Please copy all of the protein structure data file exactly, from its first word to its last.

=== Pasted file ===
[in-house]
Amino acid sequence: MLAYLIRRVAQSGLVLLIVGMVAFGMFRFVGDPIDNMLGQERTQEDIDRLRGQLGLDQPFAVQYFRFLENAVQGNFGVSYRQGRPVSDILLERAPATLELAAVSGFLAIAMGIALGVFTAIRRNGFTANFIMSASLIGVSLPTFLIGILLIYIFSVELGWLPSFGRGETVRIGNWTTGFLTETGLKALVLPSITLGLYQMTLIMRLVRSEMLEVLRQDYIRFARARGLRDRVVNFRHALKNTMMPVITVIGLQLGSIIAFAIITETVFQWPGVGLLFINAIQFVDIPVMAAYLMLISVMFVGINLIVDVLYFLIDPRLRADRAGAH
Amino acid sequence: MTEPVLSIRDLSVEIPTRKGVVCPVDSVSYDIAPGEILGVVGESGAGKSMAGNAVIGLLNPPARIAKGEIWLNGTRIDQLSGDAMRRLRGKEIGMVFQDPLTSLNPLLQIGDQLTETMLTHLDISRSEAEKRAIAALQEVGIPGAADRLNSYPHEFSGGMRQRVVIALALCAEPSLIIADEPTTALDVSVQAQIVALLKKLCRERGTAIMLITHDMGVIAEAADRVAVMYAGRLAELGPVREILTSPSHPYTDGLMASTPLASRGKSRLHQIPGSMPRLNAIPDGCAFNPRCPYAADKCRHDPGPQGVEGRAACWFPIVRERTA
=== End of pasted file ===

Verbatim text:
[in-house]
Amino acid sequence: MLAYLIRRVAQSGLVLLIVGMVAFGMFRFVGDPIDNMLGQERTQEDIDRLRGQLGLDQPFAVQYFRFLENAVQGNFGVSYRQGRPVSDILLERAPATLELAAVSGFLAIAMGIALGVFTAIRRNGFTANFIMSASLIGVSLPTFLIGILLIYIFSVELGWLPSFGRGETVRIGNWTTGFLTETGLKALVLPSITLGLYQMTLIMRLVRSEMLEVLRQDYIRFARARGLRDRVVNFRHALKNTMMPVITVIGLQLGSIIAFAIITETVFQWPGVGLLFINAIQFVDIPVMAAYLMLISVMFVGINLIVDVLYFLIDPRLRADRAGAH
Amino acid sequence: MTEPVLSIRDLSVEIPTRKGVVCPVDSVSYDIAPGEILGVVGESGAGKSMAGNAVIGLLNPPARIAKGEIWLNGTRIDQLSGDAMRRLRGKEIGMVFQDPLTSLNPLLQIGDQLTETMLTHLDISRSEAEKRAIAALQEVGIPGAADRLNSYPHEFSGGMRQRVVIALALCAEPSLIIADEPTTALDVSVQAQIVALLKKLCRERGTAIMLITHDMGVIAEAADRVAVMYAGRLAELGPVREILTSPSHPYTDGLMASTPLASRGKSRLHQIPGSMPRLNAIPDGCAFNPRCPYAADKCRHDPGPQGVEGRAACWFPIVRERTA